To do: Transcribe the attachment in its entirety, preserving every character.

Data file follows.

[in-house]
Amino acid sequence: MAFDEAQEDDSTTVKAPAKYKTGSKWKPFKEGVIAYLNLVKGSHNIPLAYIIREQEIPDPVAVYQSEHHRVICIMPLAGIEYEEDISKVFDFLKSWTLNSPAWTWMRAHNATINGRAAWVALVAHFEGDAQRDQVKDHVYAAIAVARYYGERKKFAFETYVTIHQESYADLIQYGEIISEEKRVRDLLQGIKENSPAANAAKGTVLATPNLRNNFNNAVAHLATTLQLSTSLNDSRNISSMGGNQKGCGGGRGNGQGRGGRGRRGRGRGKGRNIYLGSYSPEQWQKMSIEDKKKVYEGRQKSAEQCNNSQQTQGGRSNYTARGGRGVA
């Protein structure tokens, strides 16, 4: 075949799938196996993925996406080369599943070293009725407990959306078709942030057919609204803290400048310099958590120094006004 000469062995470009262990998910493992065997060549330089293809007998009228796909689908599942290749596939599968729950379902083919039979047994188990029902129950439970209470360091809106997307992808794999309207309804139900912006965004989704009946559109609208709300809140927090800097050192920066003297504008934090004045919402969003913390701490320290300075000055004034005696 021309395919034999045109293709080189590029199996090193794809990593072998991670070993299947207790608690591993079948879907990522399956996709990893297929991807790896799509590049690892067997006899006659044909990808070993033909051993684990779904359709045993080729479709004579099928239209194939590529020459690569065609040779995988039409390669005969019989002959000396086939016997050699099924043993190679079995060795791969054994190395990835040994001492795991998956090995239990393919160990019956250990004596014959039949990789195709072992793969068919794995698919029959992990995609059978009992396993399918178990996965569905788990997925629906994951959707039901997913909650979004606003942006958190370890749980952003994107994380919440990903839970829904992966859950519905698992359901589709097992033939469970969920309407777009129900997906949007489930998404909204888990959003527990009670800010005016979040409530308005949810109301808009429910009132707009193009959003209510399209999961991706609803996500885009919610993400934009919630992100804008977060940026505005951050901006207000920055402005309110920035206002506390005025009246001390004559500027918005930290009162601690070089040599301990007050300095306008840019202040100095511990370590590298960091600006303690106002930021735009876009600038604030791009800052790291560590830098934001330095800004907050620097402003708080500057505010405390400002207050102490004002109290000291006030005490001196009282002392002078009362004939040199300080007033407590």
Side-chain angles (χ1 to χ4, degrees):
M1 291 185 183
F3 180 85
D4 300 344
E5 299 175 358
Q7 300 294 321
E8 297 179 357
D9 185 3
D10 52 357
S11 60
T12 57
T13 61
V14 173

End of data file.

[in-house]
Amino acid sequence: MAFDEAQEDDSTTVKAPAKYKTGSKWKPFKEGVIAYLNLVKGSHNIPLAYIIREQEIPDPVAVYQSEHHRVICIMPLAGIEYEEDISKVFDFLKSWTLNSPAWTWMRAHNATINGRAAWVALVAHFEGDAQRDQVKDHVYAAIAVARYYGERKKFAFETYVTIHQESYADLIQYGEIISEEKRVRDLLQGIKENSPAANAAKGTVLATPNLRNNFNNAVAHLATTLQLSTSLNDSRNISSMGGNQKGCGGGRGNGQGRGGRGRRGRGRGKGRNIYLGSYSPEQWQKMSIEDKKKVYEGRQKSAEQCNNSQQTQGGRSNYTARGGRGVA
């Protein structure tokens, strides 16, 4: 075949799938196996993925996406080369599943070293009725407990959306078709942030057919609204803290400048310099958590120094006004 000469062995470009262990998910493992065997060549330089293809007998009228796909689908599942290749596939599968729950379902083919039979047994188990029902129950439970209470360091809106997307992808794999309207309804139900912006965004989704009946559109609208709300809140927090800097050192920066003297504008934090004045919402969003913390701490320290300075000055004034005696 021309395919034999045109293709080189590029199996090193794809990593072998991670070993299947207790608690591993079948879907990522399956996709990893297929991807790896799509590049690892067997006899006659044909990808070993033909051993684990779904359709045993080729479709004579099928239209194939590529020459690569065609040779995988039409390669005969019989002959000396086939016997050699099924043993190679079995060795791969054994190395990835040994001492795991998956090995239990393919160990019956250990004596014959039949990789195709072992793969068919794995698919029959992990995609059978009992396993399918178990996965569905788990997925629906994951959707039901997913909650979004606003942006958190370890749980952003994107994380919440990903839970829904992966859950519905698992359901589709097992033939469970969920309407777009129900997906949007489930998404909204888990959003527990009670800010005016979040409530308005949810109301808009429910009132707009193009959003209510399209999961991706609803996500885009919610993400934009919630992100804008977060940026505005951050901006207000920055402005309110920035206002506390005025009246001390004559500027918005930290009162601690070089040599301990007050300095306008840019202040100095511990370590590298960091600006303690106002930021735009876009600038604030791009800052790291560590830098934001330095800004907050620097402003708080500057505010405390400002207050102490004002109290000291006030005490001196009282002392002078009362004939040199300080007033407590």
Side-chain angles (χ1 to χ4, degrees):
M1 291 185 183
F3 180 85
D4 300 344
E5 299 175 358
Q7 300 294 321
E8 297 179 357
D9 185 3
D10 52 357
S11 60
T12 57
T13 61
V14 173